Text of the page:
107. Suppose that in the short run, increased globalization has caused this U.S. furniture market to achieve a temporary equilibrium at point e on S0D0, but most U.S. furniture manufacturers experience economic losses. As the American furniture industry adjusts, in the long run this market would move towards a new equilibrium at: (a) point a. (b) point b. (c) point c. (d) point d. (e) point f.
108. If this market begins in equilibrium at point e on S0D0 and then younger American families increasingly “inherit” furniture as their baby-boomer parents move into smaller retirement homes, this market will tend to shift to a new equilibrium at: (a) point i. (b) point h. (c) point a. (d) point d. (e) point f.
109. The basic foundations of a capitalist system do not include: (a) market-determined prices and outputs. (b) supplies and demands. (c) government acting as a trustee for all members of society in allocating non-human resources. (d) private property rights. (e) laissez-faire policies.
110. The law of equal marginal advantage is most clearly operating when: (a) oil companies use the same markup over costs to set prices. (b) your last dollar is spent on a winning lottery ticket. (c) identical twins work in equally well‑paid jobs. (d) shoppers exhaust their budgets on nondurables and services.
111. The law of supply states that higher prices cause increases in the: (a) quantity supplied of a good. (b) supply of the good. (c) demand for the good. (d) profits of investors.
112. Diseconomies of scale exist when average production costs: (a) rise as output increases. (b) exceed the price of output so that economic losses are incurred. (c) fall as the level of output rises. (d) depend on the number of firms in an industry. (e) fail to achieve diminishing returns.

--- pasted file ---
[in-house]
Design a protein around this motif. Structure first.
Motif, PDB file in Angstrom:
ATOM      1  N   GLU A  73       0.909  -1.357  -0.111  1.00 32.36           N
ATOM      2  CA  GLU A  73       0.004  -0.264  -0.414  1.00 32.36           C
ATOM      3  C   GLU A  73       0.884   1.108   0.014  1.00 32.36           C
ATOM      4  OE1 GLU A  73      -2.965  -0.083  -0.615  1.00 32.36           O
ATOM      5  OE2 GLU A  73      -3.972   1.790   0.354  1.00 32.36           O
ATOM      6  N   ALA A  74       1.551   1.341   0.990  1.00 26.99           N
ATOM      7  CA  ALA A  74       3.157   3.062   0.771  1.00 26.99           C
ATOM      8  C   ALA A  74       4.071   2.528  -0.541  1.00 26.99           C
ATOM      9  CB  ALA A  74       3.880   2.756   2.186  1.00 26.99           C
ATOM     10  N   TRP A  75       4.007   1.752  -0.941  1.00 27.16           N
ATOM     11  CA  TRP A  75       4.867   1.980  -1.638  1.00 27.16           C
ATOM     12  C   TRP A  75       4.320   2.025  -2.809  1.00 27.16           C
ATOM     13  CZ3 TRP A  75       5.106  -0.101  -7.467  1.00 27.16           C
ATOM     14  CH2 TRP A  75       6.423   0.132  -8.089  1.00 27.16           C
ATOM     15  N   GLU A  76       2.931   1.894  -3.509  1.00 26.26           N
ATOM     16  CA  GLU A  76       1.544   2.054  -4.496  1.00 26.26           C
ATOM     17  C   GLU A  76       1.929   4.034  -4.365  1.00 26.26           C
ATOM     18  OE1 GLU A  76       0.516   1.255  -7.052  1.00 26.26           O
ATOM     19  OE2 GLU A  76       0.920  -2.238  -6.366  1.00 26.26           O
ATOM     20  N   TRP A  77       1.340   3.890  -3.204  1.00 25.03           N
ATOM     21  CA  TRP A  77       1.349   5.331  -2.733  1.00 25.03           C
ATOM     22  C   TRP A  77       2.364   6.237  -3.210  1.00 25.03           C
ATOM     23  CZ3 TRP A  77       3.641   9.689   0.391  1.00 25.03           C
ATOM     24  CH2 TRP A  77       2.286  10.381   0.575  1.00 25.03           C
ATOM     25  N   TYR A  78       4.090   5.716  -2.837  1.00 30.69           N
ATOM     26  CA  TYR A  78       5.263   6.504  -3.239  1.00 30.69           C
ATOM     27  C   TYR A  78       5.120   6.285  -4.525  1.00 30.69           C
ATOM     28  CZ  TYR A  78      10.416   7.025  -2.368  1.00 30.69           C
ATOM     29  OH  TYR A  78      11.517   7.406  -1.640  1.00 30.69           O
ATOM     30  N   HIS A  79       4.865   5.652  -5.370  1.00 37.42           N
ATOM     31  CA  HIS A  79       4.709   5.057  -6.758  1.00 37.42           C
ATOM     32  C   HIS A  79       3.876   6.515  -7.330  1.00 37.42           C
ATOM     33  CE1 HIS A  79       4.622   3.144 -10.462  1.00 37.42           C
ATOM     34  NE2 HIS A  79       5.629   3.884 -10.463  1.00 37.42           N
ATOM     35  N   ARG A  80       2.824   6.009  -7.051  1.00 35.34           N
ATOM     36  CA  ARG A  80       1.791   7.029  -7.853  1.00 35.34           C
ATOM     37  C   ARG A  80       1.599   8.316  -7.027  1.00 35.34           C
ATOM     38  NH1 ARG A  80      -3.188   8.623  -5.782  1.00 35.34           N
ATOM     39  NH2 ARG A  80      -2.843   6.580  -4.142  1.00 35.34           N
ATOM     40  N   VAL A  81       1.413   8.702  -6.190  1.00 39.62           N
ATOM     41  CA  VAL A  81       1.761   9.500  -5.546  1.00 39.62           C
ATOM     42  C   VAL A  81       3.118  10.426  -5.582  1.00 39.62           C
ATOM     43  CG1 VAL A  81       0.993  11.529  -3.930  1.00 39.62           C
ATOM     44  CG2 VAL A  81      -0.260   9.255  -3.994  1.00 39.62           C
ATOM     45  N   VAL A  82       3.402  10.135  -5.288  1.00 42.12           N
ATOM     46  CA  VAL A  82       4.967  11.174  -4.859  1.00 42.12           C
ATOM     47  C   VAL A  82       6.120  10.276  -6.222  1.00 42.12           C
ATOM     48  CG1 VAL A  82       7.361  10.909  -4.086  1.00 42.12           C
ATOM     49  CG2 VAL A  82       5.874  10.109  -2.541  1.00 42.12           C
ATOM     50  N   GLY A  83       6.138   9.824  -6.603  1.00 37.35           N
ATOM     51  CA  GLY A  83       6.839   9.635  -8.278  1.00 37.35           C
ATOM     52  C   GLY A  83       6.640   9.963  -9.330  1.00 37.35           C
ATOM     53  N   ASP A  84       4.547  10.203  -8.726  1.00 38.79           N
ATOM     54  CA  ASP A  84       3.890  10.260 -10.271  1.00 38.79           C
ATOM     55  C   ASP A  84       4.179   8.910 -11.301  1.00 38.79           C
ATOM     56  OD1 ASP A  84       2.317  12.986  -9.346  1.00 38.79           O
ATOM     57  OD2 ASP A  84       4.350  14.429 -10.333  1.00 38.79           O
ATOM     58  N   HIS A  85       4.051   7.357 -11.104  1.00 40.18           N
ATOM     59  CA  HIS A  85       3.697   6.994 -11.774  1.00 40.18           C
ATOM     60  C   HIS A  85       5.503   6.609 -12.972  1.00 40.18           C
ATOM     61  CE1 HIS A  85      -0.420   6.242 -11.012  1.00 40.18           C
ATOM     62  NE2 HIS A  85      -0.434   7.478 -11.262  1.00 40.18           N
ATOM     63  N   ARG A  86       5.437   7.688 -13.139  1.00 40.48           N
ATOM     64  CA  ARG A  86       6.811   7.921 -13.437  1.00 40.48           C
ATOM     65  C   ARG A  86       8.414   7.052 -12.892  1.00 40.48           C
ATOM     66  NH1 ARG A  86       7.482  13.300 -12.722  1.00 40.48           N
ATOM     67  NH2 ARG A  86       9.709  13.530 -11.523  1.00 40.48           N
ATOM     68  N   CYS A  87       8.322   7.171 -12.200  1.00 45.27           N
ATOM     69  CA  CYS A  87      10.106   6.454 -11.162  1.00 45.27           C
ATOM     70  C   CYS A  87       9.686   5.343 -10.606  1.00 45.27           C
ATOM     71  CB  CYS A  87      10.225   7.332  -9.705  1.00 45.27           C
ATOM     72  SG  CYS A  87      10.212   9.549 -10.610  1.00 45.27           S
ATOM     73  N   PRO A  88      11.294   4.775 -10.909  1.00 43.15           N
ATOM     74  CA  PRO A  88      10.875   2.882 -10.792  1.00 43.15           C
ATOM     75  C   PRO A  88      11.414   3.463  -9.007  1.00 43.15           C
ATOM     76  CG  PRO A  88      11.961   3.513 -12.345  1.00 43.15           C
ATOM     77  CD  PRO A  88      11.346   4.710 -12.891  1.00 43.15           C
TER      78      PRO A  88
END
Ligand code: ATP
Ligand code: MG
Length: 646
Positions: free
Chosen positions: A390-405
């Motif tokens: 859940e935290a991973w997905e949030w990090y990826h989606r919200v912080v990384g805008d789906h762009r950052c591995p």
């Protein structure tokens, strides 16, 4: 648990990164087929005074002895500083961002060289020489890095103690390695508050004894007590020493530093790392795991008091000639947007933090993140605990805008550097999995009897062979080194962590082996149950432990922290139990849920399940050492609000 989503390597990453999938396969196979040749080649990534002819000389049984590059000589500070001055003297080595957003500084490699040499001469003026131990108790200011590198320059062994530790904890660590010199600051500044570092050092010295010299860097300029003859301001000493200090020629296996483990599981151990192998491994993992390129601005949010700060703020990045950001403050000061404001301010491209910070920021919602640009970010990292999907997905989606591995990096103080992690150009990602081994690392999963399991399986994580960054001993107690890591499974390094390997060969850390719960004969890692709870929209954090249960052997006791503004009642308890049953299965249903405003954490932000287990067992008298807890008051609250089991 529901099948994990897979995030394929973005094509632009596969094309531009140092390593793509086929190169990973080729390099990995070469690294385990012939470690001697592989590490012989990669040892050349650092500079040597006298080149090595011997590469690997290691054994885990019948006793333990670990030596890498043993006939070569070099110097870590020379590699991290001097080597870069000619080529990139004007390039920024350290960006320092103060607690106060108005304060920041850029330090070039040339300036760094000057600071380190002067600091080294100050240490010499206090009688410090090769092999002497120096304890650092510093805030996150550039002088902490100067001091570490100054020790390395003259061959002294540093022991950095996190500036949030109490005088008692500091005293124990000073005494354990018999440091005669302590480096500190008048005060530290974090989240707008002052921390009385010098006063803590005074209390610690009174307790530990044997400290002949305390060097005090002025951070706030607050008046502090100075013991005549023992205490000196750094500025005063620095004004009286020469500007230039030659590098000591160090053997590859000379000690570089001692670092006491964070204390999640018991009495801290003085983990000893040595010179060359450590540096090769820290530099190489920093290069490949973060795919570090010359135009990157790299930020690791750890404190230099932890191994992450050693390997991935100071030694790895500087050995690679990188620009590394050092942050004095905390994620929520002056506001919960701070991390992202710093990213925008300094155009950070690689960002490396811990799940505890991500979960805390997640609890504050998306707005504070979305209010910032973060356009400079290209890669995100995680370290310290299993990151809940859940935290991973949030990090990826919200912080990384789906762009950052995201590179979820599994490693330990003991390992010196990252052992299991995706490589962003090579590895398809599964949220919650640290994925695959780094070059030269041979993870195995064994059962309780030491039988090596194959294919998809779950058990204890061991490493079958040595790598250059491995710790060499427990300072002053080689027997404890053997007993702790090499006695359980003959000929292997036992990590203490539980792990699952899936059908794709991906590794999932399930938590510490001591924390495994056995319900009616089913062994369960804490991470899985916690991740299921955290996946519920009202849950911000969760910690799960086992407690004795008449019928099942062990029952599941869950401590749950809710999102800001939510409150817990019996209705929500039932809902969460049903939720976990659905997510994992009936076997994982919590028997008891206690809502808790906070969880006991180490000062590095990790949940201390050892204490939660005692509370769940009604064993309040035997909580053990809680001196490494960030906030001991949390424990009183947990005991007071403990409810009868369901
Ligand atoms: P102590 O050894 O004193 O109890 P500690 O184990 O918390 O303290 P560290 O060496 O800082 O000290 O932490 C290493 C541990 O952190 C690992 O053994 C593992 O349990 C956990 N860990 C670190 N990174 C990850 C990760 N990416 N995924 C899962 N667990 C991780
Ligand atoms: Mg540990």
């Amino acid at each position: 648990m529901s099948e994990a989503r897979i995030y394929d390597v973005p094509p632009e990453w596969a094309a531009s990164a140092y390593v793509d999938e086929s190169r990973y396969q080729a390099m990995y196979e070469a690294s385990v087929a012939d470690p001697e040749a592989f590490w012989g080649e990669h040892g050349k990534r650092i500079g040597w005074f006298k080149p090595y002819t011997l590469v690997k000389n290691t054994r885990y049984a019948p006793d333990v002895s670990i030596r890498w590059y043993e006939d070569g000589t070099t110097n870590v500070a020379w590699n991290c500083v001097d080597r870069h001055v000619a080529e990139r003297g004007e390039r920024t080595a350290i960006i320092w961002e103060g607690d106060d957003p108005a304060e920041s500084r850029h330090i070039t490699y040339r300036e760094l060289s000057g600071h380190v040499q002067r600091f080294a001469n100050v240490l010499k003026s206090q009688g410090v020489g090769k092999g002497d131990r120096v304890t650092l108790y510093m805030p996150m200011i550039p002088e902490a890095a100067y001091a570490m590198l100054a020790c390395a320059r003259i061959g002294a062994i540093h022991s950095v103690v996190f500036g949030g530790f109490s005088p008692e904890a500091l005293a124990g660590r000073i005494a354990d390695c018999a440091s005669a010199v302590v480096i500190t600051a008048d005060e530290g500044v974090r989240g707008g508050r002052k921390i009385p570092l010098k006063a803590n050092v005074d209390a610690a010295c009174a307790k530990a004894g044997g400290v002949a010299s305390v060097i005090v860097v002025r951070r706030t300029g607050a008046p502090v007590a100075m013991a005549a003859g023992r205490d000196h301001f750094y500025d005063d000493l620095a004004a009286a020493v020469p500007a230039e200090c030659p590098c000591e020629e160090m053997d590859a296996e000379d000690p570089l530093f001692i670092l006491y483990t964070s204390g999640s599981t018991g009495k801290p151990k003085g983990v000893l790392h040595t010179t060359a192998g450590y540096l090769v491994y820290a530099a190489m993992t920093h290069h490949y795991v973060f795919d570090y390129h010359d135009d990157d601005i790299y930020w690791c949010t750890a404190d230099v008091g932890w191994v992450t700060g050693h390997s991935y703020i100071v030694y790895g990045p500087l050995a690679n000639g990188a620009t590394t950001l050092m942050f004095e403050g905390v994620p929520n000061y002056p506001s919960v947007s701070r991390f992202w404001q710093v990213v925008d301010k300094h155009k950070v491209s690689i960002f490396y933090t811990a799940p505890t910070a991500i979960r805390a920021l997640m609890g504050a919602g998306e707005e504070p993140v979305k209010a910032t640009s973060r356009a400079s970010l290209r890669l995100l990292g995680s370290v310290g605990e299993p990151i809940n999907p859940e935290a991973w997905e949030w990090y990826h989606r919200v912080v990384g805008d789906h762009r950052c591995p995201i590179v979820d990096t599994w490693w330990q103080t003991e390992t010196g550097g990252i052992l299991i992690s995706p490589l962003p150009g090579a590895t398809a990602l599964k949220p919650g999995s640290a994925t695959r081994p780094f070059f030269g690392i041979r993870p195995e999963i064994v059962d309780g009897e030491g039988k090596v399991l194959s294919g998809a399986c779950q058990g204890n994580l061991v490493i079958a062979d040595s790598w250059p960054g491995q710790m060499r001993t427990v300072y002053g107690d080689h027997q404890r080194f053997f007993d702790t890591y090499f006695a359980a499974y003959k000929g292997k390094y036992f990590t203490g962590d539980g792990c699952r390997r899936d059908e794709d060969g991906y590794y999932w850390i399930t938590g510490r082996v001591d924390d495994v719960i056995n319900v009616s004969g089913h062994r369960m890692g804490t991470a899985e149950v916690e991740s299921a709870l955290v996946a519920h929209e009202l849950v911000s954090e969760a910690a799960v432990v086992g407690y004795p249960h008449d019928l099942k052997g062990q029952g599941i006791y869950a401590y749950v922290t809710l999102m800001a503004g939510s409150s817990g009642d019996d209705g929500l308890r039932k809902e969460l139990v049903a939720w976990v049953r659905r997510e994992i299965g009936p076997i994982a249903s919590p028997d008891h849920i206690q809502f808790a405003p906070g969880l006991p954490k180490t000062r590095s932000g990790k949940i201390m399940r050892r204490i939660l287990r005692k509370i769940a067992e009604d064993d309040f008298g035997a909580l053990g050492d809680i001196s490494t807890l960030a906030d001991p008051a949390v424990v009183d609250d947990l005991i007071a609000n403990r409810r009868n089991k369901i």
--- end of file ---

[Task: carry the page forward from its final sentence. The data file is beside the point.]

113. Paradise Planners sold 170 deluxe Hawaiian winter vacation packages at a price of $1900, but only 130 tourists signed up when the price rose to $2100. These Hawaiian vacations have a price elasticity of demand roughly equal to: (a) 2.667. (b) 2.125. (c) 1.625. (d) 1.333. (e) 1.000.
114. A typical household maximizes utility by spending all its money to buy and consume a combination of goods that yields: (a) basic physiological needs and customary wants. (b) maximum status and social prestige. (c) complete satisfaction of all desires. (d) an equal MU/P for all goods purchased, including goods for which it saves and buys in the future.
115. The variable that is least relevant for a profit-maximizing firm’s pricing and output decisions would be: (a) total consumer demand for the firm’s products. (b) wages that must be paid to extra workers if it increases its output level. (c) the average fixed costs of production. (d) the sales taxes it must pay if it sells more output.
116. A disadvantage shared by both sole proprietorships and partnerships relative to the corporate form of business is the problem of: (a) vulnerability to a hostile merger. (b) decentralized decisionmaking. (c) unlimited liability for the owners. (d) excessive government regulation.
117. Uncertainty and asymmetric information about the quality of a good tends to result in: (a) not all potential gains from exchange being realized. (b) lower equilibrium prices. (c) purchases of unexpectedly low-quality items known as “lemons.” (d) fewer transactions. (e) All of the above.
118. Business firms can survive primarily because they: (a) coordinate team production and reduce transaction costs. (b) generate accounting profits that exceed economic profits. (c) make economic profits by exploiting employees and consumers. (d) facilitate the technological progress envisioned by entrepreneurs.
119. To be allocatively, productively, and distributively efficient, a country must: (a) maximize the value of output producible from its given resources. (b) provide for the basic needs of all its people. (c) coordinate its circular flow of income. (d) maximize the satisfaction attainable from its budget. (e) operate on the extreme endpoint of its production possibilities frontier
120. Examples of scientifically “positive” statements include assertions that: (a) the death penalty should be abolished. (b) Nicole Kidman is a horrible actress. (c) in all of history, no two snowflakes have ever been perfectly identical. (d) women who do comparable work should be paid just as much as men. (e) the Electoral College should be abolished.